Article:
“As if you could kill time without injuring eternity.”
~ Henry David Thoreau
The news this morning on my little bedside radio was of the computer glitch that had the NASDAQ shutdown for a number of hours yesterday. Trading ground to a halt after it was discovered that the SIP, or Securities Information Processor, was not disseminating price quotations. This processor it seems disseminates price information on the nanosecond interval in order to facilitate automated trading that is transacted at nearly the same speed. Without SIP the fact that the price of a stock changes, maybe changes many times, as the words ‘bought’ and ‘sold’ pass through a human mind becomes problematic, insoluble. SIP makes it alright, so we’re told anyway and yesterday’s problem was a mere “connectivity issue” —all fixed now.
I shudder at the thought, and several thousand trades are traded.
It’s not that this brilliantly accomplished trading technology, that seems to have conquered the fourth dimension of time itself, had this problem —it’s not that which sends a cold wave running down my spine. It’s the fact that so much supposed industry goes into automating trade to the point where it is no longer a basically human transaction. Much is made of the fact Apple, Facebook, Google and Microsoft didn’t trade for 3 hours and 11 minutes yesterday. The problem was apparently fixed in about twenty minutes, the rest of the time involved everybody synchronizing their watches. The President was briefed, the SEC will investigate. Jack Lew advised we should all remain calm. Stephen Massocca of Wedbush Equity Management offered this as philosophical perspective: “As we continue to eliminate human beings from the execution of security trading, these events are going to take place…”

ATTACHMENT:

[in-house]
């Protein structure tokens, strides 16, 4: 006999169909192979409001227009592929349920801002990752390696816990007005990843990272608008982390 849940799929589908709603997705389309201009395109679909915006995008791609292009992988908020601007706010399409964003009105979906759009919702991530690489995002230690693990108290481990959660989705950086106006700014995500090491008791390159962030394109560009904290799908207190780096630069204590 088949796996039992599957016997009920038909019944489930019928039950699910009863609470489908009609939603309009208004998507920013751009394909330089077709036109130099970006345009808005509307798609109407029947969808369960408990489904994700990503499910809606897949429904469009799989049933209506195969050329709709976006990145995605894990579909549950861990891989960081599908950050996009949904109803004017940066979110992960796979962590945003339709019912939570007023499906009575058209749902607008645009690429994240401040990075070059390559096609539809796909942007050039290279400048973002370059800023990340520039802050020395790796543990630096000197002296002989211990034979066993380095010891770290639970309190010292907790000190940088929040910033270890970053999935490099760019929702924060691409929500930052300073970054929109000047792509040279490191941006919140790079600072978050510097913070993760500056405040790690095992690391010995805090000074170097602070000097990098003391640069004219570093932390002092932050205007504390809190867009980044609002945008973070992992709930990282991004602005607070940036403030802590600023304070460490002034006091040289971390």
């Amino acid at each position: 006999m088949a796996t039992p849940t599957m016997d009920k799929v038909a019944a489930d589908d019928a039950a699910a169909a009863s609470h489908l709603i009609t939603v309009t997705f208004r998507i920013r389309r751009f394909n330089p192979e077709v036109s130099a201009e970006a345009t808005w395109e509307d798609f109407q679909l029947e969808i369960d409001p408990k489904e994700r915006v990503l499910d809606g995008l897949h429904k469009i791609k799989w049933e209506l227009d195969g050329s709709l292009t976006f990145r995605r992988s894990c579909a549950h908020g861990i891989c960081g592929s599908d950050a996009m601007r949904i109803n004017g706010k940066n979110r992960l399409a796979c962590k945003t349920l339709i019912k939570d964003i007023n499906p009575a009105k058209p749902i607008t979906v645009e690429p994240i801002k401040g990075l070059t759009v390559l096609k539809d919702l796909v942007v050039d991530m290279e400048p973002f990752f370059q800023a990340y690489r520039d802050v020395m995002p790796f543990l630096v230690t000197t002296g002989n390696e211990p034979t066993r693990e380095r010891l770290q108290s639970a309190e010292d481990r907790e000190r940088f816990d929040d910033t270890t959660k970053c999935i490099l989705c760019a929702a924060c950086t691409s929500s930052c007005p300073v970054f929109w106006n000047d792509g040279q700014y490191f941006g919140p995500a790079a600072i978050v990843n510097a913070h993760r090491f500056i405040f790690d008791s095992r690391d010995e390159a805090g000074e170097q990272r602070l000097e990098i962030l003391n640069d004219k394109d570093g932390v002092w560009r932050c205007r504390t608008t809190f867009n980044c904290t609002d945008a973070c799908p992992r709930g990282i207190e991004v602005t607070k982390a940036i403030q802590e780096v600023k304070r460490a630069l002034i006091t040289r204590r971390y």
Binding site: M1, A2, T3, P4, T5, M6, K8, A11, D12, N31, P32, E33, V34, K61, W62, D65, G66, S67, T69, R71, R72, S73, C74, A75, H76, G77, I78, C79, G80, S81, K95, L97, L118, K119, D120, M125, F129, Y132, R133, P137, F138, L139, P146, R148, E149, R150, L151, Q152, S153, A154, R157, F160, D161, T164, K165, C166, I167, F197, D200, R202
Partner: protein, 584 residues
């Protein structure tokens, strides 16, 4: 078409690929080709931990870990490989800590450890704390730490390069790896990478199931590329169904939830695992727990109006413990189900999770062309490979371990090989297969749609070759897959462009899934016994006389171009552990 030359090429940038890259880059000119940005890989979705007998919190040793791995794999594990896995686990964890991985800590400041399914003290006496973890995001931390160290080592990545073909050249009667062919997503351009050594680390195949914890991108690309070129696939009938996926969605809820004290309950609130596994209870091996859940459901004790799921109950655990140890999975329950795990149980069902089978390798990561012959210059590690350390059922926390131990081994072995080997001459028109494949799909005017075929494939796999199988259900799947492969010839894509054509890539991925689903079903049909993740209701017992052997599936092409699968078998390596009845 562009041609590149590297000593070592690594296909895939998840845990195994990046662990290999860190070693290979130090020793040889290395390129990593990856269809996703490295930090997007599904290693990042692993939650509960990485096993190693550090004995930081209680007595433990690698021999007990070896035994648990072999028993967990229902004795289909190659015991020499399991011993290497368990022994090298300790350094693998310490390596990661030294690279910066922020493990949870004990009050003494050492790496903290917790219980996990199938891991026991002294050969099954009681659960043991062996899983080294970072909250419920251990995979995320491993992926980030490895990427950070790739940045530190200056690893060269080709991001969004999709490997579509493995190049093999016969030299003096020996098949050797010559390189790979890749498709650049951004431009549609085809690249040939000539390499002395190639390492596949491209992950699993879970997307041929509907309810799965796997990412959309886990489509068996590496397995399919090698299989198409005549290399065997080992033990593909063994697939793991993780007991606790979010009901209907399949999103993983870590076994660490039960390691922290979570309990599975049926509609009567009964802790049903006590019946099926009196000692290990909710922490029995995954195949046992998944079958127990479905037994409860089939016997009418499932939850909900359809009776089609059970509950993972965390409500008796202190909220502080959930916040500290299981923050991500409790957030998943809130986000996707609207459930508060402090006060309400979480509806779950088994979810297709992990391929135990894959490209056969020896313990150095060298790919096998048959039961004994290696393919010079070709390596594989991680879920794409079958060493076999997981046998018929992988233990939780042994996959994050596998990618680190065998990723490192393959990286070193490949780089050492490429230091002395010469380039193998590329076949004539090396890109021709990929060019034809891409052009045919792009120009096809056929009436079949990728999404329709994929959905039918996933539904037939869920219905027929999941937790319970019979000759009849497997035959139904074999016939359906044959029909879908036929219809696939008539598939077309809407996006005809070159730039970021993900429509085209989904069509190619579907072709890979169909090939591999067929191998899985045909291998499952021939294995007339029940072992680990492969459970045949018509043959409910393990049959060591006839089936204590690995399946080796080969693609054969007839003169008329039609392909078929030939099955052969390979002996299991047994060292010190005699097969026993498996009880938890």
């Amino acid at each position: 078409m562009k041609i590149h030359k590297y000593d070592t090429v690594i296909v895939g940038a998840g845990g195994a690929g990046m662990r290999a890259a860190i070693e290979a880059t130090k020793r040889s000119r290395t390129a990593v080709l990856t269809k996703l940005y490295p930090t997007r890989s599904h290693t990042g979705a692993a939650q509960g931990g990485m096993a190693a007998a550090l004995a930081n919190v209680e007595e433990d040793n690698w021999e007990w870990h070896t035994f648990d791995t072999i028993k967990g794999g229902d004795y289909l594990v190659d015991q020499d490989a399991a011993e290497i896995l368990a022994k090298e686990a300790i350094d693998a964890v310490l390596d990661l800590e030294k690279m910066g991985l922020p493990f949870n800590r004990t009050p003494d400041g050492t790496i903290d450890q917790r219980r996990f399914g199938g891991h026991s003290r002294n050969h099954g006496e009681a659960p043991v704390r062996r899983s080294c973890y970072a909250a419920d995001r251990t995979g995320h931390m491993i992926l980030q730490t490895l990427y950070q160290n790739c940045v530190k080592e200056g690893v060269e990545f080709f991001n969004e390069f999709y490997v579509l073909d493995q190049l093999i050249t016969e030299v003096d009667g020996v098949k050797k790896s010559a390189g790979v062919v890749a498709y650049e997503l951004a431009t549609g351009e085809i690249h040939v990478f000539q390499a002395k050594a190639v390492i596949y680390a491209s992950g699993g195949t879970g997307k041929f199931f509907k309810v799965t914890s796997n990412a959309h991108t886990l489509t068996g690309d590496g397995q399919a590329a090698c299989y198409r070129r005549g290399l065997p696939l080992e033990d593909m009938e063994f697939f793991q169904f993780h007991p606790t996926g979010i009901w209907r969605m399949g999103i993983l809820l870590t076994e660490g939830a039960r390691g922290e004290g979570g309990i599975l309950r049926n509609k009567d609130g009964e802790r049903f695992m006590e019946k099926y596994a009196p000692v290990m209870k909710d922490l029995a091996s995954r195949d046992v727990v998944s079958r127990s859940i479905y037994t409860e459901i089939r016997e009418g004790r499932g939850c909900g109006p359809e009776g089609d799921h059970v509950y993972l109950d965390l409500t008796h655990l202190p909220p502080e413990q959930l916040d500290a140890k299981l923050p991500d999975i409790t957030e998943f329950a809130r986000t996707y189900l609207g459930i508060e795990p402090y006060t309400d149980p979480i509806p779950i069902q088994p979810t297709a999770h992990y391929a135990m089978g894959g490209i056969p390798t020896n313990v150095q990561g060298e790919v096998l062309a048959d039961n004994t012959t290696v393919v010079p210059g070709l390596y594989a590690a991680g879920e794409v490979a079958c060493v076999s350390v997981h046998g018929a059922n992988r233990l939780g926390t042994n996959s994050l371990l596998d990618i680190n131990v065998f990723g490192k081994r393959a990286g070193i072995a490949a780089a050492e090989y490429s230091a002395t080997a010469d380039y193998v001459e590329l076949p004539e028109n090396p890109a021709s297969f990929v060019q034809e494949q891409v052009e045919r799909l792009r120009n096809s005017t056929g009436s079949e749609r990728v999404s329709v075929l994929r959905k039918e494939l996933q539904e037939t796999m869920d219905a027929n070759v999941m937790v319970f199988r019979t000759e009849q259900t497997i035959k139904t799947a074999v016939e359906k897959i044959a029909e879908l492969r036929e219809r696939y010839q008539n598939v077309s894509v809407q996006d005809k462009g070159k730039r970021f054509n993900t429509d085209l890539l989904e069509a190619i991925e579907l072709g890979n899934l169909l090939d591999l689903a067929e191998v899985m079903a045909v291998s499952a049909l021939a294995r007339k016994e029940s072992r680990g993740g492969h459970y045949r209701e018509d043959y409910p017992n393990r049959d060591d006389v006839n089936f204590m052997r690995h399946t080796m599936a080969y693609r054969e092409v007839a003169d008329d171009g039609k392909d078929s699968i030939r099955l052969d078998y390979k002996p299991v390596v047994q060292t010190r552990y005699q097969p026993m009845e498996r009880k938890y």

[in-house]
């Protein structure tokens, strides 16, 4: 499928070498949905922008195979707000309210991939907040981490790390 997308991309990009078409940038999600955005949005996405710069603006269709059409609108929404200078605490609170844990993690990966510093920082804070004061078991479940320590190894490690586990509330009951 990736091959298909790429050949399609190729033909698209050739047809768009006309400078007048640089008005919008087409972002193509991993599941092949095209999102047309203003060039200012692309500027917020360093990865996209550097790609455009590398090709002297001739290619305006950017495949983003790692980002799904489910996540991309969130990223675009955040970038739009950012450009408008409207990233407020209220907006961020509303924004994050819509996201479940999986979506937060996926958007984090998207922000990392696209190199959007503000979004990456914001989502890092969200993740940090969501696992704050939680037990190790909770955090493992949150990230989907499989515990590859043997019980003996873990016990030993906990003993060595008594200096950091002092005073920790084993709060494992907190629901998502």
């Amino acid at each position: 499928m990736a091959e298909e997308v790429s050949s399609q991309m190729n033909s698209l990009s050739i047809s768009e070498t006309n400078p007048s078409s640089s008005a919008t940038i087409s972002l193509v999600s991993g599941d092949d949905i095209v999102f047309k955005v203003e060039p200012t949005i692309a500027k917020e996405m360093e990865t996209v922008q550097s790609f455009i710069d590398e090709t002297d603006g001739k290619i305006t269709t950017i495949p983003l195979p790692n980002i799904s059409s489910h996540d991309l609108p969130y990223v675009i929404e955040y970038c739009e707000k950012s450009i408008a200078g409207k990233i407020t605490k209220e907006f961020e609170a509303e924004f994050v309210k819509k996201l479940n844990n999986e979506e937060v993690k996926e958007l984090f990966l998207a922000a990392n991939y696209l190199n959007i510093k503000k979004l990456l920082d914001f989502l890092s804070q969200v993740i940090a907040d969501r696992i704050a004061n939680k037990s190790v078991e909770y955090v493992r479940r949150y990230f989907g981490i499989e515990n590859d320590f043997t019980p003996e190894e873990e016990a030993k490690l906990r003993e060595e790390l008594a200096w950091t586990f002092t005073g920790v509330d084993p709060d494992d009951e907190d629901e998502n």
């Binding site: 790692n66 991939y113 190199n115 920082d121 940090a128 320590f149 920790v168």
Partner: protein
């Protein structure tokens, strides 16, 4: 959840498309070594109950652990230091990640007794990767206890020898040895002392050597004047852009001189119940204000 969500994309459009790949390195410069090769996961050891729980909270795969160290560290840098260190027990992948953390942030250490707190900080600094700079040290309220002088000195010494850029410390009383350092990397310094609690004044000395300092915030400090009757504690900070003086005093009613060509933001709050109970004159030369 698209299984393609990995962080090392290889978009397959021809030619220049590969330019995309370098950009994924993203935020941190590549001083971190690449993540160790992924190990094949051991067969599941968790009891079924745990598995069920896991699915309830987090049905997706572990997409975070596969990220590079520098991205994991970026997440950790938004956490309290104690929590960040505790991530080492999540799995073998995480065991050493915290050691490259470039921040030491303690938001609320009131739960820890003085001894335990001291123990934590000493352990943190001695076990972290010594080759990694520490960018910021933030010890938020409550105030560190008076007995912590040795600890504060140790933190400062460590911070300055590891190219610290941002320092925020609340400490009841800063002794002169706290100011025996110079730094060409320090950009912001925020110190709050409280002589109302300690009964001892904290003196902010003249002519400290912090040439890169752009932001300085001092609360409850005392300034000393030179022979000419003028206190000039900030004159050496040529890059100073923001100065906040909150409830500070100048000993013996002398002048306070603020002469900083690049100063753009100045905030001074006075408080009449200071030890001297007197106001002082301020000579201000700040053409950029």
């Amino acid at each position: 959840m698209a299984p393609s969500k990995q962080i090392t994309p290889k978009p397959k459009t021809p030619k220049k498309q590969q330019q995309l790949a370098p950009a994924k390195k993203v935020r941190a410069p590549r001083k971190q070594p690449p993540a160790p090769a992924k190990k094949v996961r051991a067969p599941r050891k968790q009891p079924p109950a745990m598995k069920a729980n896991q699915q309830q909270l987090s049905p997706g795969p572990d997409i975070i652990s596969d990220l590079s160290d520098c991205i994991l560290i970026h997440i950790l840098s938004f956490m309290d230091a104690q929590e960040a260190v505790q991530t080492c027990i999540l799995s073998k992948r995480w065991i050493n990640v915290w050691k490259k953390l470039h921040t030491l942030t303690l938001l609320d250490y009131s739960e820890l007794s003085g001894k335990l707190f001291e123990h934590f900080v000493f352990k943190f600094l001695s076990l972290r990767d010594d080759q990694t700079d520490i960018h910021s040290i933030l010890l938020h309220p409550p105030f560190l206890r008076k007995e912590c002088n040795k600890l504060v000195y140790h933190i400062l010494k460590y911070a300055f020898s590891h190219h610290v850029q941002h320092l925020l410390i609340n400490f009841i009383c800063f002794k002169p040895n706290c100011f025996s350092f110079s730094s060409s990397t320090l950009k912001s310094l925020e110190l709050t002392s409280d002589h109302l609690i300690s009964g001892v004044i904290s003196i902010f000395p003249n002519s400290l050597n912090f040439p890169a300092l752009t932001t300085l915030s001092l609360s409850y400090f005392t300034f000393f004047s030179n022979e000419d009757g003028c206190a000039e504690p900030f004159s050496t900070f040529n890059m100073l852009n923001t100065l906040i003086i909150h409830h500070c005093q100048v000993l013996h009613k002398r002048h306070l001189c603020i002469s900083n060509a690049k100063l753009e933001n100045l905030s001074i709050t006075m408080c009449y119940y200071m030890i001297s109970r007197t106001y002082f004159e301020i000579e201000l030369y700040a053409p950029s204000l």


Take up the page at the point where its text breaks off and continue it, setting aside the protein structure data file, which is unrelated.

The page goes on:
Me, I see a problem with eliminating human beings from trading. What it seems could be eliminated along with them are certain ‘human being’ things like deliberation and judgement, even moral concern and social responsibility. Price and value are supposed to involve… well, values. Economy is a human enterprise. When its engines become so tuned and mechanized as to refuse the time for human discerning it seems to me what we might have on our hands is a dangerous machine.